How the Russia-Ukraine conflict may affect the price of gold and other essential metals

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Russia launched a full-scale land, air and sea invasion of Ukraine on Thursday, the worst attack on another European country since World War II.

Russia and Ukraine produce 10 percent of the world's oil, one-third of Europe's natural gas, 29 percent of the world's wheat exports, 80 percent of the world's sunflower oil exports, and 19 percent of the world's corn exports.

Russia has a 40% market share of palladium, making it the world's largest supplier. 10% of global nickel supply and 6% of aluminium supply come from the country.

Oil prices topped $105 a barrel for the first time since 2014, natural gas prices in the U.K. and the Netherlands jumped 40% to 50%, wheat rose to a near decade high, corn hit an eight-month high and aluminum hit a record high.

Gold and palladium prices both surged to seven-month highs, while palladium touched levels not seen in nearly 18 months as investors sought safe havens.

Several markets reversed after the U.S. imposed new penalties on Russia. Oil prices fell after Vice President Joe Biden said the United States was working with other countries to release more oil from the world's strategic petroleum reserves. The U.S. threatened to take further action.

“Whether Russian energy exports will also be affected by sanctions raises many questions. Just two days ago, the U.S. ruled that out.

Commodity exports from Russia could also be affected if buyers are unable to open letters of credit from Western banks to finance purchases.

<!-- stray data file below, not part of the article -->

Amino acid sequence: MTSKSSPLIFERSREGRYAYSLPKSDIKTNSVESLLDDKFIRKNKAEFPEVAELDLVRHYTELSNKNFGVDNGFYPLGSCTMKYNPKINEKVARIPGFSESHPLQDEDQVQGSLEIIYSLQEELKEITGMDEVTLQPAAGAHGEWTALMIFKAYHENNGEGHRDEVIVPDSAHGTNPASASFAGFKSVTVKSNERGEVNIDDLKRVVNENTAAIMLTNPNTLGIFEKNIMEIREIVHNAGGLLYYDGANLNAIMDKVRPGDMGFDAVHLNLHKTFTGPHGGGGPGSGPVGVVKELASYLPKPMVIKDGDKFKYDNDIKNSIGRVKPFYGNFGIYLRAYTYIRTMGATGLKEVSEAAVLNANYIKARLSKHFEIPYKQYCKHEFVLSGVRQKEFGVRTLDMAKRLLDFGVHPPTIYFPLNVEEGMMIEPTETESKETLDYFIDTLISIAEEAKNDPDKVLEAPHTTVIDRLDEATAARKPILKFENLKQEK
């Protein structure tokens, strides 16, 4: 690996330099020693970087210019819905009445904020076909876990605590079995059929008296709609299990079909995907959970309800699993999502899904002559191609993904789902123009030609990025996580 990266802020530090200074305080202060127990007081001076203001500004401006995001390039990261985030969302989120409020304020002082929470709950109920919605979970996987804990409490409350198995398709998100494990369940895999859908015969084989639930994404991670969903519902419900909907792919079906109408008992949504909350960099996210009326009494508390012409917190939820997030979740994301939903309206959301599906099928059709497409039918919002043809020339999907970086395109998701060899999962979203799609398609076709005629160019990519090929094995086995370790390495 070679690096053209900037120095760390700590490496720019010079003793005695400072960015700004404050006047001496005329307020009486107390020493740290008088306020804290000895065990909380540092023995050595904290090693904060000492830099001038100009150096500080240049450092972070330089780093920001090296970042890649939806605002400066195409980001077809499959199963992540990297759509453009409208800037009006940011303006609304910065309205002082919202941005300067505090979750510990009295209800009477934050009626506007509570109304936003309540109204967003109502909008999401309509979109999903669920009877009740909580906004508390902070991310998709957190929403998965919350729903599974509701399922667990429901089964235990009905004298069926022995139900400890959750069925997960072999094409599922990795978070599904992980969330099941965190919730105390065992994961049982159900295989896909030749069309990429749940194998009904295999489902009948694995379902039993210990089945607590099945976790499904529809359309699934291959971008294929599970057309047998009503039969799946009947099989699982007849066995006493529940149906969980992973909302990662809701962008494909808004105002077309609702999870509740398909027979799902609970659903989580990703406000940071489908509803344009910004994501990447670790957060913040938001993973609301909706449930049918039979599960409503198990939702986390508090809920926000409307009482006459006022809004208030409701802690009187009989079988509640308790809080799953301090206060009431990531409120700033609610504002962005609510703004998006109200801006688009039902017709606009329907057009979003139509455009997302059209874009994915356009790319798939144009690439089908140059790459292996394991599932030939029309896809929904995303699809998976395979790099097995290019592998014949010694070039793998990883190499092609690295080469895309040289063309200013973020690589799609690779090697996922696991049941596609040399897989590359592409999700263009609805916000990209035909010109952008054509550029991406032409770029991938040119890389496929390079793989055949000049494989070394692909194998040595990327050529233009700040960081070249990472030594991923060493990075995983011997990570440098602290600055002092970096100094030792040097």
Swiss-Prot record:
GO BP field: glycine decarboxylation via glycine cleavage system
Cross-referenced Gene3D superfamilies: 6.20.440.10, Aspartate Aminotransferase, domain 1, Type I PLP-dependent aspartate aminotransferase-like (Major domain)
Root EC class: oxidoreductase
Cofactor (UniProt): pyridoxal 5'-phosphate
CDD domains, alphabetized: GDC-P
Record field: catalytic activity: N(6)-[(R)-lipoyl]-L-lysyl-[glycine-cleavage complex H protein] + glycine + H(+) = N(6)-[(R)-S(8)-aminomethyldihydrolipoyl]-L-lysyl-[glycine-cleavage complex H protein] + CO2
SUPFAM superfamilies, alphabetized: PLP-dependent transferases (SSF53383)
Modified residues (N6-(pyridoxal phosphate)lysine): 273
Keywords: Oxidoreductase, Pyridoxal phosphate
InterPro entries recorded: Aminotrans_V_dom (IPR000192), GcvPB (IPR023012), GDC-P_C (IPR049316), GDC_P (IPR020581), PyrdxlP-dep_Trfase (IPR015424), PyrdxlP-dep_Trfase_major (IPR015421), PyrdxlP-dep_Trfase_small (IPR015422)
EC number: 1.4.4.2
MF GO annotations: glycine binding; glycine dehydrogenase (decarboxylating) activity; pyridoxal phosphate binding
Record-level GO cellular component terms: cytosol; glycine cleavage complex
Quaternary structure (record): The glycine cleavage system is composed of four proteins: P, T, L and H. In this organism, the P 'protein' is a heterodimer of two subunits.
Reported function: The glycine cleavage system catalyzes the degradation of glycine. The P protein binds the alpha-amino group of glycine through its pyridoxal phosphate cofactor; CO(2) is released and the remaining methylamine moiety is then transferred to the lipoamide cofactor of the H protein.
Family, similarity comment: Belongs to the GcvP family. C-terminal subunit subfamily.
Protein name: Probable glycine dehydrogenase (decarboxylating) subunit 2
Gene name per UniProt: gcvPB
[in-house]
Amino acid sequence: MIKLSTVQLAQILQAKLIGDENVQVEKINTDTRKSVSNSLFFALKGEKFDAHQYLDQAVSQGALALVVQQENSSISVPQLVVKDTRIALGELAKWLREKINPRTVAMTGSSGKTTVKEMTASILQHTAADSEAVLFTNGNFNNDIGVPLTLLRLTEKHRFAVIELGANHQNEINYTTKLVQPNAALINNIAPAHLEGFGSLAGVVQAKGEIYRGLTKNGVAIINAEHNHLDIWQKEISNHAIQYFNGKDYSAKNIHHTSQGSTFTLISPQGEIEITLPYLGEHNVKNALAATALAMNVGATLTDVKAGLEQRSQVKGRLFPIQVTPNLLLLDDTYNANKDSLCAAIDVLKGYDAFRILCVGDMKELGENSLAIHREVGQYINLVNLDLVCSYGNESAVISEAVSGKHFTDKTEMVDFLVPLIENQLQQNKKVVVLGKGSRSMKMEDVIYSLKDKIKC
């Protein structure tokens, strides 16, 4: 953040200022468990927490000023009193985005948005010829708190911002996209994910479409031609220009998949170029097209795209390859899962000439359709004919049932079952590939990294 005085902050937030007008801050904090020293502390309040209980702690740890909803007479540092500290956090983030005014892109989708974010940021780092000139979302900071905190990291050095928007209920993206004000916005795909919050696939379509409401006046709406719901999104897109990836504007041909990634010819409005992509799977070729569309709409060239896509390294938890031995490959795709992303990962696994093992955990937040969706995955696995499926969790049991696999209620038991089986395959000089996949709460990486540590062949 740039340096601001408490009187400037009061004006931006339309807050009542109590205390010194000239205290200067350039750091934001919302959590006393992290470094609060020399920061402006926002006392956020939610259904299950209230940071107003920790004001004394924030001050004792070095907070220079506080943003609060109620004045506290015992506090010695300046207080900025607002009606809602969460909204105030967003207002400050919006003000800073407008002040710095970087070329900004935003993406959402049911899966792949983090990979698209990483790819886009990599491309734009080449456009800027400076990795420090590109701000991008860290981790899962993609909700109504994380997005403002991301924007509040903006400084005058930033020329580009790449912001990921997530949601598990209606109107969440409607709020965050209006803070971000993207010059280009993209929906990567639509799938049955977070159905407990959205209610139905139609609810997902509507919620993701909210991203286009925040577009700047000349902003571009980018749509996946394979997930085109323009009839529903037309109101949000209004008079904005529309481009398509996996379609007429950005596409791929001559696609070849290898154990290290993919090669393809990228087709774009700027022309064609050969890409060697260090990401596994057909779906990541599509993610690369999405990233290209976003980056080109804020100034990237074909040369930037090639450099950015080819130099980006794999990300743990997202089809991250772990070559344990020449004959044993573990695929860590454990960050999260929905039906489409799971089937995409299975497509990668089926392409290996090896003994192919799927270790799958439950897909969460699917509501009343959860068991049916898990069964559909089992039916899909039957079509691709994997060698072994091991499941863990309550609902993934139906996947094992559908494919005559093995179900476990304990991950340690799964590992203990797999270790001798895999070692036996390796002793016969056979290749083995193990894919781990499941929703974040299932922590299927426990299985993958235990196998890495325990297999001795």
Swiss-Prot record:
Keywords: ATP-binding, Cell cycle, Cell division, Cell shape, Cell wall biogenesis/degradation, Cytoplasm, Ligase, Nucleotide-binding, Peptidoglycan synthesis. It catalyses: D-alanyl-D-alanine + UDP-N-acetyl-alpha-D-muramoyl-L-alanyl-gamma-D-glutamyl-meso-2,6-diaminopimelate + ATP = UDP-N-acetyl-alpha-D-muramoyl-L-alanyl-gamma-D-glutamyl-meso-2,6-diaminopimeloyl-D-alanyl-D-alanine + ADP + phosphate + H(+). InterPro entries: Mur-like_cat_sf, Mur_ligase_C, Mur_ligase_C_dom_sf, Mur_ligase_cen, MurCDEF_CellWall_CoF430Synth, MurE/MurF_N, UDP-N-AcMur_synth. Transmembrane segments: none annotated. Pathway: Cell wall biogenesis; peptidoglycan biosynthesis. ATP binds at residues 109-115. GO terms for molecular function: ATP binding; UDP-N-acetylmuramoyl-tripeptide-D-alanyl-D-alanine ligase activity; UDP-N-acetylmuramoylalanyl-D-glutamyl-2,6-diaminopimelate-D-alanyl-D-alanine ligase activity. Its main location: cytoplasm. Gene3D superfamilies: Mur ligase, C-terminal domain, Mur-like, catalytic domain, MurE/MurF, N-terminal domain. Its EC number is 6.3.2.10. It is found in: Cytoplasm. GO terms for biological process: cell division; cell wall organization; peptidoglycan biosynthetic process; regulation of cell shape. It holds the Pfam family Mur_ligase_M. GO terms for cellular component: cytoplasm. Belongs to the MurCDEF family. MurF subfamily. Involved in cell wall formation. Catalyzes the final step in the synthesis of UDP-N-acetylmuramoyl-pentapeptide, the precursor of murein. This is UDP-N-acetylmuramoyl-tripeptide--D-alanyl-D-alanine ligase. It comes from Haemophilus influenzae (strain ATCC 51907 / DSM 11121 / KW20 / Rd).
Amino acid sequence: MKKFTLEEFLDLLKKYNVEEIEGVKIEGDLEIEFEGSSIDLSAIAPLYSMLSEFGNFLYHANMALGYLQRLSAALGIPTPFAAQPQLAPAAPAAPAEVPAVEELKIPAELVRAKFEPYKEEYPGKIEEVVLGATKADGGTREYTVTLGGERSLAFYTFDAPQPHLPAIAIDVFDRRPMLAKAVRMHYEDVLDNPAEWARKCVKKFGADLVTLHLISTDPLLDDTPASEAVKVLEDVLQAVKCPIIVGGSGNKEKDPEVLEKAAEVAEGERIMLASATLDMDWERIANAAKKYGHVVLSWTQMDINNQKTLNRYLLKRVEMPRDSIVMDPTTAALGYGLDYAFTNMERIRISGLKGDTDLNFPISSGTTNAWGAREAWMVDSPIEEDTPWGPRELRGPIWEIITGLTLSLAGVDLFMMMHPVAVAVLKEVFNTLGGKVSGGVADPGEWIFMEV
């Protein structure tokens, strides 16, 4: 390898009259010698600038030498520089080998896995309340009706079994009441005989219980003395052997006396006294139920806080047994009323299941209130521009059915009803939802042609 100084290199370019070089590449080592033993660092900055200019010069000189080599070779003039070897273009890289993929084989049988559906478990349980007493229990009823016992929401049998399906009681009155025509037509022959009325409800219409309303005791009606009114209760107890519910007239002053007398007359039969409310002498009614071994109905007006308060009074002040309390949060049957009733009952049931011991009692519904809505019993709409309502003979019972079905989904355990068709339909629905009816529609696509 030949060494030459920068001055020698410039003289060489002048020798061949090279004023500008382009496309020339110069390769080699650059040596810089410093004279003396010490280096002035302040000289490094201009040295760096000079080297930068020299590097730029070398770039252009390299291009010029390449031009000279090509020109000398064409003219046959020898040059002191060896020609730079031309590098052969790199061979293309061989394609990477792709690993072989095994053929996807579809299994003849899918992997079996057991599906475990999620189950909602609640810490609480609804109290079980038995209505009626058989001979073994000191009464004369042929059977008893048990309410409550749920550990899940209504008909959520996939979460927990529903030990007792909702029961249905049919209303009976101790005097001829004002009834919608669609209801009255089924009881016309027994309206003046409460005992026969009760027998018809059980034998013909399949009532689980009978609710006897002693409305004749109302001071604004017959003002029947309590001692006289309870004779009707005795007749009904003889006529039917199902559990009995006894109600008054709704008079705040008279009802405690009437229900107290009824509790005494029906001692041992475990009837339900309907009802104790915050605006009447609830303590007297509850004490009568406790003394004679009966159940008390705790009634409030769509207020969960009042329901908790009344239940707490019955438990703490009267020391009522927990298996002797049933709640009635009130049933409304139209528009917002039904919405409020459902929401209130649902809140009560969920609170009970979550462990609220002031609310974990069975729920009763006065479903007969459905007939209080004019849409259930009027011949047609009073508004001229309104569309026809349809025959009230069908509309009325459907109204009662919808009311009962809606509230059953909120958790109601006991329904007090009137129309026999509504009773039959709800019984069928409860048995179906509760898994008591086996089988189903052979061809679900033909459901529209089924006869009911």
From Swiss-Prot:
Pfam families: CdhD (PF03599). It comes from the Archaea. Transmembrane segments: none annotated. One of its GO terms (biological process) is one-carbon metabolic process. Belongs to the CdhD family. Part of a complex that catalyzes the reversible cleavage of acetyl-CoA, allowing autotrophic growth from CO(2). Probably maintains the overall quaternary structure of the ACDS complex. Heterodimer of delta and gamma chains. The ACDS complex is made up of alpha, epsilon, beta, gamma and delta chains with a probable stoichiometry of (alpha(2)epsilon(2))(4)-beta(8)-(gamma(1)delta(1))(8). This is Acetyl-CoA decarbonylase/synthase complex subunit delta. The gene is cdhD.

Western banks appear to be unable to secure letters of credit for Russian oil from at least three major buyers.

In contrast, Russia's state-owned gas monopoly Gazprom said gas supplies through Ukraine were operating normally, and Ukraine said its energy infrastructure had not been affected.

Russia's Black Sea ports, which account for the vast majority of grain and oilseed exports, remain open despite the Russian government's suspension of shipping in the Sea of Azov.

An estimated 2 to 3 percent of the world's oil supply is transported through the Black Sea from Russia and Kazakhstan, as well as Azerbaijan and Turkmenistan.

Rusal is the world's largest aluminum producer outside of China, and its products are transported through the Black Sea. RUSAL's production accounts for 6% of the world's total.

Analysts at Natixis warned that "metal prices could take a serious hit" if the West imposes sanctions or if Russia "arms" its metal exports. A number of companies have stopped agricultural processing and closed Ukrainian port terminals, including Coca-Cola bottler Carlsberg and Bunge and Archer Daniels Midland.

Cocoa and coffee prices fell as investors turned to safer assets such as gold, according to traders. Global vegetable oil supplies from sunflower-producing regions pushed soybean oil futures to record highs.

Wheat futures surged above the daily trading limit of 50 cents to their highest level since mid-2012, according to CME Group data.